Writing Intensive course guidelines
Courses designated as Writing Intensive follow three guidelines:
WI Guideline 1. Students in the course should do substantial writing that enhances learning and demonstrates knowledge of the subject or the discipline. Writing should be an integral part of the course and should account for a significant part (approximately 50% or more) of the final grade.
Learning in any course includes learning the appropriate ways of reading, writing and thinking for that subject or discipline. Traditional writing assignments, such as senior theses, seminar papers, take-home and in-class essay exams, case studies, laboratory notebooks or reports, proposals, literature reviews, and field research should be considered as possible sources for satisfying the writing requirement. There is no single or universal formula for satisfying the WI requirement as courses naturally differ according to their level, form, and function. For example, General Education courses may emphasize writing-to-learn strategies, while major courses may incorporate an additional focus on discipline-specific writing.
WI Guideline 2. Writing should be assigned in such a manner as to require students to write regularly throughout the course. Major assignments should integrate the process of writing (prewriting, drafting, revision, editing). Students should be able to receive constructive feedback of some kind (peer response, workshop, professor, TA, etc.) during the drafting/revising process to help improve their writing.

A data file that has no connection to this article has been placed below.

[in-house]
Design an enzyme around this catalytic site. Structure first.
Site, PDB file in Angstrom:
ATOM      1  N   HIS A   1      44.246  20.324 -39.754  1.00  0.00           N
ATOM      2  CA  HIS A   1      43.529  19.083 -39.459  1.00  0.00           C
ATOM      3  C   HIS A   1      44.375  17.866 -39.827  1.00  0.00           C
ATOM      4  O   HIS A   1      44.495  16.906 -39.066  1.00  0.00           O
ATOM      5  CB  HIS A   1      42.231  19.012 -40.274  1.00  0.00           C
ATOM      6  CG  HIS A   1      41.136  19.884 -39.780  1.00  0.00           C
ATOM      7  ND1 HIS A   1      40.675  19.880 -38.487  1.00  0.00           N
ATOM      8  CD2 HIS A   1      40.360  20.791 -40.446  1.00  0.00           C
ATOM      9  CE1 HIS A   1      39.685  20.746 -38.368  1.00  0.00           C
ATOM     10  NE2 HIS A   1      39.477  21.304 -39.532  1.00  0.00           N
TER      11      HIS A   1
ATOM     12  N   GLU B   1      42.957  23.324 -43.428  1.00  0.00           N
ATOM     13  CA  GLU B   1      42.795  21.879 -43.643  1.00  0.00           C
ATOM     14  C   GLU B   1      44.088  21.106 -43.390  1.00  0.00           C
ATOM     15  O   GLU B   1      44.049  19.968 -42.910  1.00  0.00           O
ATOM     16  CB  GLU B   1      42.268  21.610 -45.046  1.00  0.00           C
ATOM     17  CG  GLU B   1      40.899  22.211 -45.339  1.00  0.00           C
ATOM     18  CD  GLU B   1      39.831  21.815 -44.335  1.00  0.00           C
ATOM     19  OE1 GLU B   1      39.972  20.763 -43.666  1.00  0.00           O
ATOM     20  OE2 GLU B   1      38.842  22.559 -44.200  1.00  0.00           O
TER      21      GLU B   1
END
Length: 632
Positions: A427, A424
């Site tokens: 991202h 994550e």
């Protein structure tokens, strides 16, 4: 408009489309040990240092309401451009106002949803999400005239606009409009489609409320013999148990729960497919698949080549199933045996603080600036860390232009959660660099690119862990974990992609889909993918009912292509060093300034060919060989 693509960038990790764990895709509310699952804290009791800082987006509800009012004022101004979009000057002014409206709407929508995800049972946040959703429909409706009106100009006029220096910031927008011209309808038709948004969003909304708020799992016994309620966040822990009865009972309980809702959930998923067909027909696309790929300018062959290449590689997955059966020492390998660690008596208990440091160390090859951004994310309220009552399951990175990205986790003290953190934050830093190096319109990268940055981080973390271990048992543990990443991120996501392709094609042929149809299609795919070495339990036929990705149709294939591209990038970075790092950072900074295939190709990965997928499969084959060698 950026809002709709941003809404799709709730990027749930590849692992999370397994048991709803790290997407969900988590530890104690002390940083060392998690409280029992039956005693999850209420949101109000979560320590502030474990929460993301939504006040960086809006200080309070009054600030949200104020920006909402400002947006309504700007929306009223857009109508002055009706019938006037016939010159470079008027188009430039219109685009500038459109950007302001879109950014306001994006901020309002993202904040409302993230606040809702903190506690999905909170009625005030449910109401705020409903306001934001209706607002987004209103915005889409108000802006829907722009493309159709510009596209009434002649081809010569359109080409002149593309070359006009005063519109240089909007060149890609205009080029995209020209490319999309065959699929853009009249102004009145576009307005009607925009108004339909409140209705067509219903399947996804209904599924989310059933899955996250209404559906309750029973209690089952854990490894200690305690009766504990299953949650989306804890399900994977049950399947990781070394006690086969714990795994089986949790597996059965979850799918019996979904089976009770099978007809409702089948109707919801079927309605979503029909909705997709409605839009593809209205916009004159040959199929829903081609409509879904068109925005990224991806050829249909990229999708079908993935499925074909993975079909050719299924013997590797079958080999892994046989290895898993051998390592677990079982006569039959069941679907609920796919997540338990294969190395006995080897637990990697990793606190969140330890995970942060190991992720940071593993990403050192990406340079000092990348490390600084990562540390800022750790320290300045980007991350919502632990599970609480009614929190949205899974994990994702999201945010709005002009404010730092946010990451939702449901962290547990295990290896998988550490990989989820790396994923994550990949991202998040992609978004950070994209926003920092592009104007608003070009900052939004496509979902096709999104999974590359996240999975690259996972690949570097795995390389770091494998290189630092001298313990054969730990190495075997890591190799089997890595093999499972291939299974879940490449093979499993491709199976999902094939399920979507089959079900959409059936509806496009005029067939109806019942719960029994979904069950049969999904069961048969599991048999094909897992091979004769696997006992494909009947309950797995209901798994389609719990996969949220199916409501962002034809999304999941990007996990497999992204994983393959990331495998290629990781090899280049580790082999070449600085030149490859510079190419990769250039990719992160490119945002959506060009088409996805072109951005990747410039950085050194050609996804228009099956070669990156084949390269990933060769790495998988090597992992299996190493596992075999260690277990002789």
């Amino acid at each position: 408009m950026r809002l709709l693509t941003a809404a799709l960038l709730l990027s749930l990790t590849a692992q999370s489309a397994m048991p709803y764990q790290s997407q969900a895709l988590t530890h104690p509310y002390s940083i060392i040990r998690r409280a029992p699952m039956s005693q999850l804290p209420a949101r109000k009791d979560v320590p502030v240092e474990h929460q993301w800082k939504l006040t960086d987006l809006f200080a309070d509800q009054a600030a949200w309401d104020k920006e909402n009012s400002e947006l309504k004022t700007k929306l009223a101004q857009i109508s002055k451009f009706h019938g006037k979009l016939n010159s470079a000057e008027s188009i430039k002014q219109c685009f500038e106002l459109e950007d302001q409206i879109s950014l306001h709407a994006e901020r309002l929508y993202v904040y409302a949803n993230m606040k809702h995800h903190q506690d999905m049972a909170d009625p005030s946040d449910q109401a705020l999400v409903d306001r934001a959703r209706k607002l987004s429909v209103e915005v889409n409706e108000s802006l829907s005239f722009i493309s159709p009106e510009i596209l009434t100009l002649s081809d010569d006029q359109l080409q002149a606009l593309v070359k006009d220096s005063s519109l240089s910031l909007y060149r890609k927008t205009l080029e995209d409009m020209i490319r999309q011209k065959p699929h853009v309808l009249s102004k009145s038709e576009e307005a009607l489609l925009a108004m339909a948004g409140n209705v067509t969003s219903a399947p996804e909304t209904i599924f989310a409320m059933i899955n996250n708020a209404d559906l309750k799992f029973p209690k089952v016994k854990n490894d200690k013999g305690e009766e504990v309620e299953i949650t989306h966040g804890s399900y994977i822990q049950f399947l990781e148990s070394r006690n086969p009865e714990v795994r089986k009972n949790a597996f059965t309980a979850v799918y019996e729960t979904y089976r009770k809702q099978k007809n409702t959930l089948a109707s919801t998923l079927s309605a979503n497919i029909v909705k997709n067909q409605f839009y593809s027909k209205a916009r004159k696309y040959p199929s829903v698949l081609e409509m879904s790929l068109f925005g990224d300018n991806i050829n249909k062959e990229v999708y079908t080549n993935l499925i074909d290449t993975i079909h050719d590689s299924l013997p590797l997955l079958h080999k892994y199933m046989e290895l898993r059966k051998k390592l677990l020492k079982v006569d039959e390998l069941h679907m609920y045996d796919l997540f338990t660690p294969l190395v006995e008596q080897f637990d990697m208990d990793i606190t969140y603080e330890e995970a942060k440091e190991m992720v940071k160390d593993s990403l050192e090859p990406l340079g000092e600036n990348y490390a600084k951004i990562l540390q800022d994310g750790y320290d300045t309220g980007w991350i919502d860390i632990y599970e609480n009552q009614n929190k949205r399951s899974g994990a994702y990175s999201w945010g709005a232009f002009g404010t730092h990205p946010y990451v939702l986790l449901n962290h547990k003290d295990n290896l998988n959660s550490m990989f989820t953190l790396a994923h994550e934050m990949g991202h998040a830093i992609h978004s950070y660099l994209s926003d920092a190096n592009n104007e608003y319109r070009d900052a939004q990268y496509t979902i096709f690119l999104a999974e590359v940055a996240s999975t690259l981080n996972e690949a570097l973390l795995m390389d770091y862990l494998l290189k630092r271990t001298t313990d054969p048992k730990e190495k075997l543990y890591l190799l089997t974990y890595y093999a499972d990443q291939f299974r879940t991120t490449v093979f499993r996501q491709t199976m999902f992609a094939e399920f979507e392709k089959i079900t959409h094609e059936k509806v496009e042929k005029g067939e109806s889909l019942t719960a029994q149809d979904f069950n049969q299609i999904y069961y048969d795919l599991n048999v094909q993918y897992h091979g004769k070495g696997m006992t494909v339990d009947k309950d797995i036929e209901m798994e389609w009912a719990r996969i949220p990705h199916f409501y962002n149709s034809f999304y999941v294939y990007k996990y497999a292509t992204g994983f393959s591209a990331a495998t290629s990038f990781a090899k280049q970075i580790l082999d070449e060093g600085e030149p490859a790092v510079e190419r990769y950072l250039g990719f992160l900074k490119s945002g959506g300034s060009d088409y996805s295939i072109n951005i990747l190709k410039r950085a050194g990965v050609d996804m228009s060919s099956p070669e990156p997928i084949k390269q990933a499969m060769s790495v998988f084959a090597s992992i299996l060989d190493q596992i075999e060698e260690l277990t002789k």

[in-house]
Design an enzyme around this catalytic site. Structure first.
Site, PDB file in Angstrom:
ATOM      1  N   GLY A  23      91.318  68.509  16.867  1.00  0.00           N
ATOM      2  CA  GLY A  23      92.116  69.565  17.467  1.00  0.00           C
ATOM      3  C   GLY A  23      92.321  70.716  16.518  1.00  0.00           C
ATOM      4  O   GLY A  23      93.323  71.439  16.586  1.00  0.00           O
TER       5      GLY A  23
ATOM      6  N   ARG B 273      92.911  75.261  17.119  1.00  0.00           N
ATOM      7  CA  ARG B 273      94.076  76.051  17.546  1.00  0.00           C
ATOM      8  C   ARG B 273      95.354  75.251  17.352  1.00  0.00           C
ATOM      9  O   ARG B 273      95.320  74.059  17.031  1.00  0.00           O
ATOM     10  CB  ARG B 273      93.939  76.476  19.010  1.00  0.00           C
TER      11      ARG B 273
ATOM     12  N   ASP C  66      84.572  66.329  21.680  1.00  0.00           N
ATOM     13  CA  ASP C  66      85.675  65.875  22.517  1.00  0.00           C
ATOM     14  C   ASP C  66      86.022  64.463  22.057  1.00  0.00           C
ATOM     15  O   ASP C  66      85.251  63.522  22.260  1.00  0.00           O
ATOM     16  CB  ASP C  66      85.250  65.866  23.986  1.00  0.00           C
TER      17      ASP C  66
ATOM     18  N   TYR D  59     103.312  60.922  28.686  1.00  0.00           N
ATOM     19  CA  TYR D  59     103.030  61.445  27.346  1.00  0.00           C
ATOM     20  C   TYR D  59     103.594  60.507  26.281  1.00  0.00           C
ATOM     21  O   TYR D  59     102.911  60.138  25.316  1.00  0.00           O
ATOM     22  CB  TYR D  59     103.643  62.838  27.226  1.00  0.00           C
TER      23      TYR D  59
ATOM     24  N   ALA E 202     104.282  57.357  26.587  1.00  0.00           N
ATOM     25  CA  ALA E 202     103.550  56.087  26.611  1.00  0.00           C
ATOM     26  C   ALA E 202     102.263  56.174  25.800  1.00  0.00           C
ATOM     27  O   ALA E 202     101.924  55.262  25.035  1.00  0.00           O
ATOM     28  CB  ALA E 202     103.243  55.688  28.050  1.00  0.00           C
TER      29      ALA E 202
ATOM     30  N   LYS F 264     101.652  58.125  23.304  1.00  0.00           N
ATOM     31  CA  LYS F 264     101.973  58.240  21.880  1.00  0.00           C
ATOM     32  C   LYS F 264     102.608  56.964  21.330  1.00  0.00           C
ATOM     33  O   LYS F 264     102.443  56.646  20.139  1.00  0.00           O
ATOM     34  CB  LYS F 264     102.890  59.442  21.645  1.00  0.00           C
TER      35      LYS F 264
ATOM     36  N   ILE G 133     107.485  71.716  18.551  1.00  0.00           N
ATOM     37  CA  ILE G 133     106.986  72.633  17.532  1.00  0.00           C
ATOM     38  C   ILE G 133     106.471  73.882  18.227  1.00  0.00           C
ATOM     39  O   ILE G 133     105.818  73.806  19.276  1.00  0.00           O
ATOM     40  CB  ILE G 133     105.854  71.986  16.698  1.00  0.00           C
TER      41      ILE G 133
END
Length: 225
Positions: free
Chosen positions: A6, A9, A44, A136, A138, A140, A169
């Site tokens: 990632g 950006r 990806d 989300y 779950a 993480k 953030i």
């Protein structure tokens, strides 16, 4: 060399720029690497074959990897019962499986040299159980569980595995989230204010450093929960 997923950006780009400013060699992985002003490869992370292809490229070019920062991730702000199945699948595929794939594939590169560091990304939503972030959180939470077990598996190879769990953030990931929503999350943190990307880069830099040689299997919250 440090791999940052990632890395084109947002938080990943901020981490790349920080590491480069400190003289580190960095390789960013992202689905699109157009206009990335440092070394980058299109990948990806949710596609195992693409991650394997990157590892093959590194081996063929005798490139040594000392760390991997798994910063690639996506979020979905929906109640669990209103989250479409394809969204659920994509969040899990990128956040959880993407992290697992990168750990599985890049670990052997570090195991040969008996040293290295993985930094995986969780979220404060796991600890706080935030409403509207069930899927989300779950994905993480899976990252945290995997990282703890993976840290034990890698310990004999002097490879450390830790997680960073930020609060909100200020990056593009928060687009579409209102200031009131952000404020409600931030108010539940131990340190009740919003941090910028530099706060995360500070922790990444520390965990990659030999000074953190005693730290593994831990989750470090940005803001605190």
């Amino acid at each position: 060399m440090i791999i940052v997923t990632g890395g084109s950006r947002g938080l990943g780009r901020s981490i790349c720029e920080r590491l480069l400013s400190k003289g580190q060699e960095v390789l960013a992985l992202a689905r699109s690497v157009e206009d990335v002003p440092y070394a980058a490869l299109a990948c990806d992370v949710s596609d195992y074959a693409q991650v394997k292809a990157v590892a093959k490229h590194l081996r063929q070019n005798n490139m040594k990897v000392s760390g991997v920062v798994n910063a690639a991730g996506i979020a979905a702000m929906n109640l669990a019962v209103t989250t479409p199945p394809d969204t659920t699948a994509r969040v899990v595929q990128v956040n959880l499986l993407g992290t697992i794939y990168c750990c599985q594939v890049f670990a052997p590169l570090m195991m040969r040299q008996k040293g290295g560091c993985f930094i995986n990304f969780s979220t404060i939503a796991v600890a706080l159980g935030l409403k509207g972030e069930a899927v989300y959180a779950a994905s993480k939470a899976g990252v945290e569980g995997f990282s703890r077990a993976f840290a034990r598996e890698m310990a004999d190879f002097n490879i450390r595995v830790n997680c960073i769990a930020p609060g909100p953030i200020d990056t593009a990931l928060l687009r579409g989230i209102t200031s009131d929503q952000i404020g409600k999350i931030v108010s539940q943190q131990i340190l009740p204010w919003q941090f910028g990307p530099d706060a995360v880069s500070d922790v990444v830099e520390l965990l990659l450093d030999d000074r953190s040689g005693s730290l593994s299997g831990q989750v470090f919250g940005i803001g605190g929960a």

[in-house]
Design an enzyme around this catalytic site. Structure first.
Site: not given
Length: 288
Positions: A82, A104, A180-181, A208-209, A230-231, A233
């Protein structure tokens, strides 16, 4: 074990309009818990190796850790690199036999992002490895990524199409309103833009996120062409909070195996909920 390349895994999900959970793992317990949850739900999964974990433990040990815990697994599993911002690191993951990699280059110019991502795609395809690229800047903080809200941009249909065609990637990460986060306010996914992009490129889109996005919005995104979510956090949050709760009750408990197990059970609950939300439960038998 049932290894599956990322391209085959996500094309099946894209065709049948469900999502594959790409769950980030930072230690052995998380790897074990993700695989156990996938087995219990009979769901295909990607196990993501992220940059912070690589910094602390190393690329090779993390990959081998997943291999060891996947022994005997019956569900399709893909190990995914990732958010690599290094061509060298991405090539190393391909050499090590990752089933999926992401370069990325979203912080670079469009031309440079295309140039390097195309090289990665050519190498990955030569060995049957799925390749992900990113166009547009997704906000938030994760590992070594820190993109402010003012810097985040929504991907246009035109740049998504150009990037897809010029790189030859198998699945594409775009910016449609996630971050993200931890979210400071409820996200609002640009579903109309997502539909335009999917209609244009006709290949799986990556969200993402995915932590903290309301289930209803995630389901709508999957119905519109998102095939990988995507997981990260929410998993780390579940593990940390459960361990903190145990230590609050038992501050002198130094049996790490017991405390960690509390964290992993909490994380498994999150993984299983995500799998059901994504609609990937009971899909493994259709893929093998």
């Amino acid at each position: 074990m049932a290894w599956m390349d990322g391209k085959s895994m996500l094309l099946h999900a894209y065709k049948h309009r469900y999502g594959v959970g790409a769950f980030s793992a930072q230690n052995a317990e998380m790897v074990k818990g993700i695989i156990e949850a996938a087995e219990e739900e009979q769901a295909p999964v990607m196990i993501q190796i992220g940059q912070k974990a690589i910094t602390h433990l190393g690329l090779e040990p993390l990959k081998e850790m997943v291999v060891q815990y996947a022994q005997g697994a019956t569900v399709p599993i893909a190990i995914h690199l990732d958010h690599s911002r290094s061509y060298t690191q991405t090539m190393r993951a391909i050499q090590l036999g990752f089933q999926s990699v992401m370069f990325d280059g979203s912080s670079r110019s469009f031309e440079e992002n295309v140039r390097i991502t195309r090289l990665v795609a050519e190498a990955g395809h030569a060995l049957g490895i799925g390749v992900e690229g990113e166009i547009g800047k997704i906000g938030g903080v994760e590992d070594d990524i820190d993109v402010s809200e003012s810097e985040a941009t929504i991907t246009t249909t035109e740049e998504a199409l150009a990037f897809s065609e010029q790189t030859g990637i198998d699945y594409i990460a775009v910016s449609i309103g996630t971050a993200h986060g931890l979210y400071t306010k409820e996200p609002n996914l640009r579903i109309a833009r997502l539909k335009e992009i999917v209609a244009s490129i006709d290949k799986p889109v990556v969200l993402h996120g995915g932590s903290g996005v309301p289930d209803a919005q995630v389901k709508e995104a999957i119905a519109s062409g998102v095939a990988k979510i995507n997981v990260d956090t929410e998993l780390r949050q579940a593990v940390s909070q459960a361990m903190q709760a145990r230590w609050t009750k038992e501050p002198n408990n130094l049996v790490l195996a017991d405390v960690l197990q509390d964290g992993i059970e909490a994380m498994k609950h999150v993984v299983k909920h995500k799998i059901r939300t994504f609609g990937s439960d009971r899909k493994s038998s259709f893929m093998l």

The quantity of the writing required is less important than how the writing is integrated into the course. For example, frequent short writing assignments (2-5 pages) for which the student receives comments and an opportunity to revise can sometimes be more effective than long research papers submitted at the end of the course which receive comment and evaluation only after the course is over. Longer assignments can be broken up into stages or components with feedback at critical points to allow for a more effective writing/researching process and, ultimately, a more satisfying product.
WI Guideline 3. The course should include both formal (graded) and informal (heuristic) writing. There should be papers written outside of class which are handed in for formal evaluation as well as informal assignments designed to promote learning, such as invention activities, in-class essays, reaction papers, journals, reading summaries, or other appropriate exercises.
Assigning work in a variety of genres for a variety of audiences can help students synthesize and apply disciplinary and interdisciplinary knowledge effectively. It is important that evaluation of writing be conducted by people trained in the conventions of the genre being used and be appropriate to the nature of the assignment. New writing and assessment strategies, such as portfolio and student self-assessment, are encouraged.
(The preceding text is excerpted from the University Writing Requirement.)